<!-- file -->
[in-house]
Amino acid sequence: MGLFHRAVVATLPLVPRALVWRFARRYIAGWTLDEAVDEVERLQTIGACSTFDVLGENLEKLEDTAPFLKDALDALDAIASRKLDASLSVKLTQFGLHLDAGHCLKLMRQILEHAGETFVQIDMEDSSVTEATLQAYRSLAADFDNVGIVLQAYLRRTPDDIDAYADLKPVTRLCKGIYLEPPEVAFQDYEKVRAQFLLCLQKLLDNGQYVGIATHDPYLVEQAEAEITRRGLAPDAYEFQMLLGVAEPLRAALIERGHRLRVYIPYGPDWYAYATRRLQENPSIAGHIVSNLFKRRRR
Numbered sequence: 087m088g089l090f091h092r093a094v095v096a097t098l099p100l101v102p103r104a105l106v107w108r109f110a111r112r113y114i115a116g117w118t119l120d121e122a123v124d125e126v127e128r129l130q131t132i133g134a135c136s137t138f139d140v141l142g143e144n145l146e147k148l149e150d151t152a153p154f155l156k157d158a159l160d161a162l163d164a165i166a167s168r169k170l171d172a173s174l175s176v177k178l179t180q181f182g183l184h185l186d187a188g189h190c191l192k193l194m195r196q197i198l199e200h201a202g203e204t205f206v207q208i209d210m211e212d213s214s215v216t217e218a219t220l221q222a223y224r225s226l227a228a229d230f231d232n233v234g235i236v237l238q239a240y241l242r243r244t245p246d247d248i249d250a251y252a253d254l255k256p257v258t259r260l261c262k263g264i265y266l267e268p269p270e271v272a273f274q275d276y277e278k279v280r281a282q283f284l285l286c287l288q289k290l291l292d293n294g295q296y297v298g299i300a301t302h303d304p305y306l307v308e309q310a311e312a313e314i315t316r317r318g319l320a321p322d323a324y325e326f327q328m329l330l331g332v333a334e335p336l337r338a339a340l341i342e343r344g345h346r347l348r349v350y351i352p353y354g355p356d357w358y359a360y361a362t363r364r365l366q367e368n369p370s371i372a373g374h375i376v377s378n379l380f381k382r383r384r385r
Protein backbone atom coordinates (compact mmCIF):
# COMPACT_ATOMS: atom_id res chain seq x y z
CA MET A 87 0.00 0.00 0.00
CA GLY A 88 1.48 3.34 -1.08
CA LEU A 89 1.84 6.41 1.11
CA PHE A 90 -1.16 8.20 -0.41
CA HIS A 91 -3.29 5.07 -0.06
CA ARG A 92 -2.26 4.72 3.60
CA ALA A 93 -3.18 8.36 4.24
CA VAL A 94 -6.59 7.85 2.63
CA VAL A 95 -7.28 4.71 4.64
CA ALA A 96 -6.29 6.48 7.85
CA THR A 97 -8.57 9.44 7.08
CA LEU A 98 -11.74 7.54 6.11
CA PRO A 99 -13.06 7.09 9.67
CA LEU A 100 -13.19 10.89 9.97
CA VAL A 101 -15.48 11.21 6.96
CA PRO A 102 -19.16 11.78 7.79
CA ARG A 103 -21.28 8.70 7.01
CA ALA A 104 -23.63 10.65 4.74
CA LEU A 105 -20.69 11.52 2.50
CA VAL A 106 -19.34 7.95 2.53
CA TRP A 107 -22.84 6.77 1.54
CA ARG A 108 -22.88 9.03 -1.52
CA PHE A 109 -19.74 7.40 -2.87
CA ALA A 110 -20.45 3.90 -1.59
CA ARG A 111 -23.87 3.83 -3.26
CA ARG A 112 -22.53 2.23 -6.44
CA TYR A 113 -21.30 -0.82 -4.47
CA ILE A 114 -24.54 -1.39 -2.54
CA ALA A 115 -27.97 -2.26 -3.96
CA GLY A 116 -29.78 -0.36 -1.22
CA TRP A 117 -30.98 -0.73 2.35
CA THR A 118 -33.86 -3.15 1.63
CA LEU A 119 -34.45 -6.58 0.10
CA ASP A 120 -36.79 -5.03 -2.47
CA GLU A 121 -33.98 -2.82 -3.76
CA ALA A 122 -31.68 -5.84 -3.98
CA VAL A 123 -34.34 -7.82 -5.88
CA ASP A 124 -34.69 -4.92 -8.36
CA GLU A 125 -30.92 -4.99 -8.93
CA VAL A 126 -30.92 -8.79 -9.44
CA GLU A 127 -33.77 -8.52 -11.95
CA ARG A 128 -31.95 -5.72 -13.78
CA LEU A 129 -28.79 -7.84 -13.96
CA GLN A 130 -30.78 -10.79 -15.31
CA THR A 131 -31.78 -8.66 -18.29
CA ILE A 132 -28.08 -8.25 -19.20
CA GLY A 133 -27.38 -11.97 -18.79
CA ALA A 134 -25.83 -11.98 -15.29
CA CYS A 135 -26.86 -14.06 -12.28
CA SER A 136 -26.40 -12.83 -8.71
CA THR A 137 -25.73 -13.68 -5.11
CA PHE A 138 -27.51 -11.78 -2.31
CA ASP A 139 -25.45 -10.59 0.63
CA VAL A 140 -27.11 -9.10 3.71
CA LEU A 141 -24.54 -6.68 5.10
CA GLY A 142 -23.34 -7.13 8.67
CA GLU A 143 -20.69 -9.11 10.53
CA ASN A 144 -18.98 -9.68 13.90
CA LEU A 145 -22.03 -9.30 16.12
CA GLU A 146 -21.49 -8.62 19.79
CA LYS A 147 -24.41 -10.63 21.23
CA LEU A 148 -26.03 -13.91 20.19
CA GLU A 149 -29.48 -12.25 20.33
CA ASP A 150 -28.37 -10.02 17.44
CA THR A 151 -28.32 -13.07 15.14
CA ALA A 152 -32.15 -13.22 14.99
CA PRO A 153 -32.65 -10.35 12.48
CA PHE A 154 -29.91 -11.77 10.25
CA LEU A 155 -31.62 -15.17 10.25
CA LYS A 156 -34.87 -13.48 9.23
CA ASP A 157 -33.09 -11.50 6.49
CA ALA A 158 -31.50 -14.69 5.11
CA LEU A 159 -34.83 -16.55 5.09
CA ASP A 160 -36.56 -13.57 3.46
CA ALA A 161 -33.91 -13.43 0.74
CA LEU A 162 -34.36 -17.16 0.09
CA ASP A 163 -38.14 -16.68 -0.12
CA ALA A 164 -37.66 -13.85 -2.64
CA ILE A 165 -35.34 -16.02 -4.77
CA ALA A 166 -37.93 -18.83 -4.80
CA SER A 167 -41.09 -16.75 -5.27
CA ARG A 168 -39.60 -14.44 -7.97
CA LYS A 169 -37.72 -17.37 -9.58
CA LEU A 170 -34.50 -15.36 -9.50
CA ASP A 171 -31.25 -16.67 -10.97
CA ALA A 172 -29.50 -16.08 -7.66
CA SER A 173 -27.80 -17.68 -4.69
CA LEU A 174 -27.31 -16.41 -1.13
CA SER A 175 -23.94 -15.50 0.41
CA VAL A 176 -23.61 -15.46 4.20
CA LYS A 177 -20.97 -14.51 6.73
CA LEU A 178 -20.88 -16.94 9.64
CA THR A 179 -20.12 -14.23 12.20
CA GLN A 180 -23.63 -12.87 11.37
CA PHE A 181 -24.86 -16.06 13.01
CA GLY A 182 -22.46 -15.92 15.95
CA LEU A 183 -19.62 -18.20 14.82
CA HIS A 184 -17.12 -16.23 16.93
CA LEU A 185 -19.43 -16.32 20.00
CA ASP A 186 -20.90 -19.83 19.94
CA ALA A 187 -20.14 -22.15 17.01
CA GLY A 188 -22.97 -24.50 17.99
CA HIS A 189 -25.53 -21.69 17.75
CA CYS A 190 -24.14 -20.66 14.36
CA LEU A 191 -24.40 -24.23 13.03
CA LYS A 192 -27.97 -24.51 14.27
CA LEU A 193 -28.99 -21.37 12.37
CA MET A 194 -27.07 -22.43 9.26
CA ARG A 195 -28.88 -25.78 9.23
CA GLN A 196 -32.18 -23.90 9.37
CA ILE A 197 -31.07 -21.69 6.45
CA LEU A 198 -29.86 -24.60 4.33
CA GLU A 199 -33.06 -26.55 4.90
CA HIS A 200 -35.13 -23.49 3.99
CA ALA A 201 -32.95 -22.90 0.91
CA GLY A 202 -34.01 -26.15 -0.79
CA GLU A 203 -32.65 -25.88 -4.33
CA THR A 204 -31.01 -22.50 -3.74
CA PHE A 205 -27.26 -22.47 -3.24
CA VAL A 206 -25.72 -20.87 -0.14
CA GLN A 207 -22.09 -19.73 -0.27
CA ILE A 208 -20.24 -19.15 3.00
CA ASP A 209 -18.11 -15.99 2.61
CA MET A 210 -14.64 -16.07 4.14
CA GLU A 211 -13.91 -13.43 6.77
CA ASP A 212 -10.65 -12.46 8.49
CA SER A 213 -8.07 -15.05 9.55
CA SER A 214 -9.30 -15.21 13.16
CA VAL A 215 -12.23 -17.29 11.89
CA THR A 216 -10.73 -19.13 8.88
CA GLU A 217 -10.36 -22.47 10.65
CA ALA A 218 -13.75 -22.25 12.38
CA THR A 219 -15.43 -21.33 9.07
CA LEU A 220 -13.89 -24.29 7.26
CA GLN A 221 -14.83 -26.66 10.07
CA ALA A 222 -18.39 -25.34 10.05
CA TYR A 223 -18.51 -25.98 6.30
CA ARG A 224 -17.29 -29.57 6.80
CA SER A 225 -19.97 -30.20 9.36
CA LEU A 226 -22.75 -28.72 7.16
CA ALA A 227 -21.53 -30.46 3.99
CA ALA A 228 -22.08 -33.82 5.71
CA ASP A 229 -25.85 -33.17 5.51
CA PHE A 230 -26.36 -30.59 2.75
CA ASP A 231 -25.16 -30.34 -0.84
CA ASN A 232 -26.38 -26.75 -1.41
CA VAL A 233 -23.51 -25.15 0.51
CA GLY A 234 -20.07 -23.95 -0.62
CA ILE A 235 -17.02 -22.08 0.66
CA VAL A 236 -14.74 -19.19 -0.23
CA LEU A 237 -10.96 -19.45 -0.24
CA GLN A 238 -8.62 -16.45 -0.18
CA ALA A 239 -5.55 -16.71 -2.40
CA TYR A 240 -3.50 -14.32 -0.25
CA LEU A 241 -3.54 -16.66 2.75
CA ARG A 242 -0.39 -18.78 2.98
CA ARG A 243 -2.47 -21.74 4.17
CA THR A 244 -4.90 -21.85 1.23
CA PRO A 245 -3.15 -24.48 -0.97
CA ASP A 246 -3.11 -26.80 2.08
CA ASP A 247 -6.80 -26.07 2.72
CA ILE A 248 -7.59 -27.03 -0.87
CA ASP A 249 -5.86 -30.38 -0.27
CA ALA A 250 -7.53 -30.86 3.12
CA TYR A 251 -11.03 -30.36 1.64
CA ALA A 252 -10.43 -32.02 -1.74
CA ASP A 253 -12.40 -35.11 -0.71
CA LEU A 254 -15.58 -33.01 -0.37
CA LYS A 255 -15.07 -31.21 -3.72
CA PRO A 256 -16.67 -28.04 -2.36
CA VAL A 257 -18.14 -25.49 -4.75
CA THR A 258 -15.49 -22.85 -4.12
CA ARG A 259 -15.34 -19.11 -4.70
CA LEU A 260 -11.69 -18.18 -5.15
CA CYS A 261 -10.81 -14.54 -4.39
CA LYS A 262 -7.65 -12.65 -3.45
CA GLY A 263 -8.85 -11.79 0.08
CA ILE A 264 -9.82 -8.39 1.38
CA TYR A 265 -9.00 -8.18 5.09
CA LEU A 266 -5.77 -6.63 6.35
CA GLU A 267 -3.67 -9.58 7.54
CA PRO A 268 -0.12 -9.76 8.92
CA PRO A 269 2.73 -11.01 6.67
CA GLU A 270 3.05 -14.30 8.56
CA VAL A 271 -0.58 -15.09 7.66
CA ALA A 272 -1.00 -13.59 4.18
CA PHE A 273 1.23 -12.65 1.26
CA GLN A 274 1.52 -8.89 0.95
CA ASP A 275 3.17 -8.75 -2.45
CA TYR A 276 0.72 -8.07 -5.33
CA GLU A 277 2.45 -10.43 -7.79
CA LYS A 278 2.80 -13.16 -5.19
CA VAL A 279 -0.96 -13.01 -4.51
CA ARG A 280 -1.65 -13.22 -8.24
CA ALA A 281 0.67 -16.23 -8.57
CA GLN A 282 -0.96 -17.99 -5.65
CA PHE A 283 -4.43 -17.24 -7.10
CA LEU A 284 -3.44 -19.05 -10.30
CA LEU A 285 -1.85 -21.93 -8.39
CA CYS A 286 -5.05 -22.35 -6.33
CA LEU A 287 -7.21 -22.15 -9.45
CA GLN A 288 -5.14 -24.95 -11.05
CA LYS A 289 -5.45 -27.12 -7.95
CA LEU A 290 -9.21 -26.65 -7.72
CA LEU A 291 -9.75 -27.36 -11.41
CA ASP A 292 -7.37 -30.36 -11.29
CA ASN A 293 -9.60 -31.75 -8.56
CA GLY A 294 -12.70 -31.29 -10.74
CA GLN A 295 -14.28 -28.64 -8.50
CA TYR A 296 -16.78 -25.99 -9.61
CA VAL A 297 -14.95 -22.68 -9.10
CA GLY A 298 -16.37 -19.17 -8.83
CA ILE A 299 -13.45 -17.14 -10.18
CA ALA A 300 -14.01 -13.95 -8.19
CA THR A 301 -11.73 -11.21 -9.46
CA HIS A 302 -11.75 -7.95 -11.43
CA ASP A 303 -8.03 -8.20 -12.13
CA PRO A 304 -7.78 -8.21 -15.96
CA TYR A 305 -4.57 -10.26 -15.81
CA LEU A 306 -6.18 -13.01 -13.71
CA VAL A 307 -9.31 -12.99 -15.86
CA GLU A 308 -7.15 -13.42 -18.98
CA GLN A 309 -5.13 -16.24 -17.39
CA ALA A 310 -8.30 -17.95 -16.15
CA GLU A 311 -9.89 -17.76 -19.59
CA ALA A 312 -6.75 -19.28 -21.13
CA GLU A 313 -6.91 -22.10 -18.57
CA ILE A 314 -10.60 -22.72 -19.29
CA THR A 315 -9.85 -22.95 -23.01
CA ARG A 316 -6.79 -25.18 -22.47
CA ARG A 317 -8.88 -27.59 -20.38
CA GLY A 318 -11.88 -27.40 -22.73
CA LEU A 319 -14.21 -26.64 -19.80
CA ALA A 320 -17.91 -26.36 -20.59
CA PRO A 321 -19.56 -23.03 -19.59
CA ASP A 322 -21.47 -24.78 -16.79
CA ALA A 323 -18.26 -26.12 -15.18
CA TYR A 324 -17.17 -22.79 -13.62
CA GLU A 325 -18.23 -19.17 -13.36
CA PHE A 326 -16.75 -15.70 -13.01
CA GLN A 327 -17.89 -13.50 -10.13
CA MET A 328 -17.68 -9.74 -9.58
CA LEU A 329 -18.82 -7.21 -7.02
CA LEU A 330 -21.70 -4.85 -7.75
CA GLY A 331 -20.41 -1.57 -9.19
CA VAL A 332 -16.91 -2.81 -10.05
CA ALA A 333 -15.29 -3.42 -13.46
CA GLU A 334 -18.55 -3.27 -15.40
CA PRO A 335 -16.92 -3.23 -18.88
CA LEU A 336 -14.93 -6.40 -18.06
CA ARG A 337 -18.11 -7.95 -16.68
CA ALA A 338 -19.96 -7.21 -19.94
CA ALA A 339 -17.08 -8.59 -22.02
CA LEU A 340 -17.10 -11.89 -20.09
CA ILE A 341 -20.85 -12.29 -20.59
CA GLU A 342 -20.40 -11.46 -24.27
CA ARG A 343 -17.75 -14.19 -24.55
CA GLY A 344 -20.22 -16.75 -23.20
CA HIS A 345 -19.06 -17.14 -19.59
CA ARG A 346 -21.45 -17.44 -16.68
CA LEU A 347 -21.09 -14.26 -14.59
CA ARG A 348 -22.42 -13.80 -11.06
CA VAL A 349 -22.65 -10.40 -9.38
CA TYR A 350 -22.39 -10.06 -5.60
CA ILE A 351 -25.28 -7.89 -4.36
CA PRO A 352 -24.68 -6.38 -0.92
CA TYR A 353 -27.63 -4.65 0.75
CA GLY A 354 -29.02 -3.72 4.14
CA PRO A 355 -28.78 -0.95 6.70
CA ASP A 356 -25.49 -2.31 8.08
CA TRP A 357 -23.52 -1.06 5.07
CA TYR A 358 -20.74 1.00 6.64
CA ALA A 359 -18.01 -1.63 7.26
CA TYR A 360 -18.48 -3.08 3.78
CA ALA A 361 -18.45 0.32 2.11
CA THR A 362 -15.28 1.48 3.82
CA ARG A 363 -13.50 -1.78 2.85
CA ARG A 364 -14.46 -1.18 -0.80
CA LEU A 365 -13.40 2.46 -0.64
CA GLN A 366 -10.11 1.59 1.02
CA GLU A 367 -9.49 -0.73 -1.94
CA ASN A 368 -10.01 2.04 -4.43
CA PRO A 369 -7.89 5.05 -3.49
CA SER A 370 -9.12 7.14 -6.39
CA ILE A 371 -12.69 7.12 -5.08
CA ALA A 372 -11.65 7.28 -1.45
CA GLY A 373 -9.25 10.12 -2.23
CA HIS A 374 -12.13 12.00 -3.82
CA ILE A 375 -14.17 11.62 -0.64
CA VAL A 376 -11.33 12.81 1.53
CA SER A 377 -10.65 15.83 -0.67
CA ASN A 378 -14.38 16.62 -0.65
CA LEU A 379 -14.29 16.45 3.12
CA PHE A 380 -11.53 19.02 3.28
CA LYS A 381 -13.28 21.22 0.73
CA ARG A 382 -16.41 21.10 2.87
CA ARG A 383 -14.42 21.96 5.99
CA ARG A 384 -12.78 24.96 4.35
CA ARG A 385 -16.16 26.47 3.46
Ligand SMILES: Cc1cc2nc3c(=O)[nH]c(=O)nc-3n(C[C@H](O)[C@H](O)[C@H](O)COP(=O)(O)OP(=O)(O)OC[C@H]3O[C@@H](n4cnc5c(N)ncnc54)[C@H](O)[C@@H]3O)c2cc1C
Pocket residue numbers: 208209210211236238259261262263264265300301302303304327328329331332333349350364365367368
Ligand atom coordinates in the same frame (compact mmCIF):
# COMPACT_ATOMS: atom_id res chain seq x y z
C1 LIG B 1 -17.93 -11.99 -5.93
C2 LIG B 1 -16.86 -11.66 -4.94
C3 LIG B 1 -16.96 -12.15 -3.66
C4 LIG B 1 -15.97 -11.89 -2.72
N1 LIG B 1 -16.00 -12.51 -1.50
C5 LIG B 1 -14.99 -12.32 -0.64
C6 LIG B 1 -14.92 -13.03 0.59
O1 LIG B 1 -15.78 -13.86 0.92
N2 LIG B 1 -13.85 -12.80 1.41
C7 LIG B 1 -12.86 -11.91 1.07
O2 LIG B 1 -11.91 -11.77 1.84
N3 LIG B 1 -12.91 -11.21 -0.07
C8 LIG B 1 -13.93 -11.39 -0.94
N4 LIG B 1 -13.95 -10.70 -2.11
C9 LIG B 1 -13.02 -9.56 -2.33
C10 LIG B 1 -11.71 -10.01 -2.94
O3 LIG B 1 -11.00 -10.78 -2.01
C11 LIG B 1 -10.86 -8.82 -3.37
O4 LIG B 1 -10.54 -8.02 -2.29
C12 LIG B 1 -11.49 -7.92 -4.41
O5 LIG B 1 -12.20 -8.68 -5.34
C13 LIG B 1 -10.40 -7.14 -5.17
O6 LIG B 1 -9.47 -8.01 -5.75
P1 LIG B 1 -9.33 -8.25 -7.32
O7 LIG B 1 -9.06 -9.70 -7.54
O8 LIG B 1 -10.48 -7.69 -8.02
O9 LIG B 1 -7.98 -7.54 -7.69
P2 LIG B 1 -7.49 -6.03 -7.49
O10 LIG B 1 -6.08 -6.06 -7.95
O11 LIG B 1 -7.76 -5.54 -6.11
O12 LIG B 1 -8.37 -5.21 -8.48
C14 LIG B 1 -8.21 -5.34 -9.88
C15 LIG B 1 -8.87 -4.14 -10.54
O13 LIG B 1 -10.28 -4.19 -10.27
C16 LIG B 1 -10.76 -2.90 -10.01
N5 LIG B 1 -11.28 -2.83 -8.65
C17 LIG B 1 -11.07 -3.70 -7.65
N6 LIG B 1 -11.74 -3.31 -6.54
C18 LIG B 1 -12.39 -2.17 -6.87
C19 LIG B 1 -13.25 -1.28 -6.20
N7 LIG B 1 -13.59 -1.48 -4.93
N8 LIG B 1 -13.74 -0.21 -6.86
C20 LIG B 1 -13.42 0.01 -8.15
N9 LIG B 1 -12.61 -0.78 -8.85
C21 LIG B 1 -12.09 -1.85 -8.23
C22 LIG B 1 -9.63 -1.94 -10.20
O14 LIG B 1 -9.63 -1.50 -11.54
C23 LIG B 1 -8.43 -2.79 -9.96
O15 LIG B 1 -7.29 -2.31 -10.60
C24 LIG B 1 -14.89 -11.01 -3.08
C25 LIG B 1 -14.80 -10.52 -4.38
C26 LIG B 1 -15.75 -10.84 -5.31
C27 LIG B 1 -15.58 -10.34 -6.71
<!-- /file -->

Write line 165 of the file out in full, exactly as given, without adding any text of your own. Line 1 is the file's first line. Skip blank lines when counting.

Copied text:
CA ASP A 246 -3.11 -26.80 2.08